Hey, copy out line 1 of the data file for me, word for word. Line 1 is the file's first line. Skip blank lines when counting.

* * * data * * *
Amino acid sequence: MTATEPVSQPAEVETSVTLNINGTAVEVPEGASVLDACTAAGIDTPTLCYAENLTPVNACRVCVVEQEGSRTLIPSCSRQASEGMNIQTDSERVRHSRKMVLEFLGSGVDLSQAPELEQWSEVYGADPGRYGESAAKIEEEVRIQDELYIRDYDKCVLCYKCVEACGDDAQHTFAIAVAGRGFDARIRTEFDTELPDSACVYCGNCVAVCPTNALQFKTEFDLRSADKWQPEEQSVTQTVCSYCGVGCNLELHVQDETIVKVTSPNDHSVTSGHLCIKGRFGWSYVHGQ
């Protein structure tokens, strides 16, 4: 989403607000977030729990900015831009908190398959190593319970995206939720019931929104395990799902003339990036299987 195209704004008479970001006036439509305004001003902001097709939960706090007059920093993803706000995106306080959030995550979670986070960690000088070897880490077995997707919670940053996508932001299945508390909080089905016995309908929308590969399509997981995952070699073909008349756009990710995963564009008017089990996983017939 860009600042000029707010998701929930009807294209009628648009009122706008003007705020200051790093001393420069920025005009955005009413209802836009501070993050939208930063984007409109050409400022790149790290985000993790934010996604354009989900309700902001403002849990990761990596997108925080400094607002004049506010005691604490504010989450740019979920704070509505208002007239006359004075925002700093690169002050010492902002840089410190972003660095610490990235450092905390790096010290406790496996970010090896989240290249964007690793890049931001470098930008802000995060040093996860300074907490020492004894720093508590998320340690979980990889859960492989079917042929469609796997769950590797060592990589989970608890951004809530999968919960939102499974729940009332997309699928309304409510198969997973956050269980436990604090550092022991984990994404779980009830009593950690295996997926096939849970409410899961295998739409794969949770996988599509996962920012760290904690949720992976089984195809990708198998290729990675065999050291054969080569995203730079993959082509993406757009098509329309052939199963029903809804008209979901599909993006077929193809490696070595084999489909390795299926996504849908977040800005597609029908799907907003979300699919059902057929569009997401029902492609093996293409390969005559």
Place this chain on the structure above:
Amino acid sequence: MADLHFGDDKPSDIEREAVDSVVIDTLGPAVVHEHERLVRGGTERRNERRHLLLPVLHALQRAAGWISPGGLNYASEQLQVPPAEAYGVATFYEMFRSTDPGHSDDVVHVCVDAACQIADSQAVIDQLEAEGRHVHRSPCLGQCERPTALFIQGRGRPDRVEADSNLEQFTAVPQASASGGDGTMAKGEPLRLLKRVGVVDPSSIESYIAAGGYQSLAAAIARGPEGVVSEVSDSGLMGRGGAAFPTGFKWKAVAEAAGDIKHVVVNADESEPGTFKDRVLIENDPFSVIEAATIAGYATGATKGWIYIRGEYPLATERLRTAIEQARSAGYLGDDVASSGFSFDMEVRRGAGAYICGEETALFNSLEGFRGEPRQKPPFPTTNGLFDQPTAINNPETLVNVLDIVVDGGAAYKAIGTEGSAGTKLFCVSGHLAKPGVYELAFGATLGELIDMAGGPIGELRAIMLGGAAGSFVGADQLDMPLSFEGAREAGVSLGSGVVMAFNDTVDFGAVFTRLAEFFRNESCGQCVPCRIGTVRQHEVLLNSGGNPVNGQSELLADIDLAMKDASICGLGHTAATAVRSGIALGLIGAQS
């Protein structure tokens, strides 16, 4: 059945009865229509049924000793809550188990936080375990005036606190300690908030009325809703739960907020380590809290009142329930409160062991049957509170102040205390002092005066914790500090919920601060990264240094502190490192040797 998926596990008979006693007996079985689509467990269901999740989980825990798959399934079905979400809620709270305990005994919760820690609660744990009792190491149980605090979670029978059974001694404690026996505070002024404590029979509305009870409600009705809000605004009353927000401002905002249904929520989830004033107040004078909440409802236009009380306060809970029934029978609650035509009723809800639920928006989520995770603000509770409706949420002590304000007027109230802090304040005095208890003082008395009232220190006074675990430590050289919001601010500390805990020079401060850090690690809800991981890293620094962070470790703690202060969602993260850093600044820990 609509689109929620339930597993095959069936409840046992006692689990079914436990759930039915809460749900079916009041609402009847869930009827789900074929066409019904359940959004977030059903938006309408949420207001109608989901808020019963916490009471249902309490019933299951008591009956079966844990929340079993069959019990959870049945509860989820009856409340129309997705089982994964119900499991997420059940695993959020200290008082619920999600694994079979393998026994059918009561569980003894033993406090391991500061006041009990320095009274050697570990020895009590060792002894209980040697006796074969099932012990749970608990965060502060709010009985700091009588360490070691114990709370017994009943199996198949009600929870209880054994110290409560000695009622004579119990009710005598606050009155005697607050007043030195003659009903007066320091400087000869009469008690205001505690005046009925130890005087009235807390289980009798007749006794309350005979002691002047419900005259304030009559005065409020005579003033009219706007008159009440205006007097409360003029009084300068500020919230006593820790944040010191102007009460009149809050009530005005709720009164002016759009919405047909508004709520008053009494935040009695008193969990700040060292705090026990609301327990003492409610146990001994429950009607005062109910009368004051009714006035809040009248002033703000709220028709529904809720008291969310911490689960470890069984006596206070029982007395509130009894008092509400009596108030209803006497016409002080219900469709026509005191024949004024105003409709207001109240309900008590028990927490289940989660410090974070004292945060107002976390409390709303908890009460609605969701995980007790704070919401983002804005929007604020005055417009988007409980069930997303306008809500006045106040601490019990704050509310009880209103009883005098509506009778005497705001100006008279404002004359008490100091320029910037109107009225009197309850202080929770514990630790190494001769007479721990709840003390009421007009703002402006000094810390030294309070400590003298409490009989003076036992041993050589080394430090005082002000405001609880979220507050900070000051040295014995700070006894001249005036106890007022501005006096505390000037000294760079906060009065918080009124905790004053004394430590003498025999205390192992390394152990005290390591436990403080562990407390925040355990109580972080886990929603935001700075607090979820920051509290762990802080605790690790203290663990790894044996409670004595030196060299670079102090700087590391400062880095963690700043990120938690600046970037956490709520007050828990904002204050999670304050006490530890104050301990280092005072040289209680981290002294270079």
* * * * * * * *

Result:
Amino acid sequence: MTATEPVSQPAEVETSVTLNINGTAVEVPEGASVLDACTAAGIDTPTLCYAENLTPVNACRVCVVEQEGSRTLIPSCSRQASEGMNIQTDSERVRHSRKMVLEFLGSGVDLSQAPELEQWSEVYGADPGRYGESAAKIEEEVRIQDELYIRDYDKCVLCYKCVEACGDDAQHTFAIAVAGRGFDARIRTEFDTELPDSACVYCGNCVAVCPTNALQFKTEFDLRSADKWQPEEQSVTQTVCSYCGVGCNLELHVQDETIVKVTSPNDHSVTSGHLCIKGRFGWSYVHGQ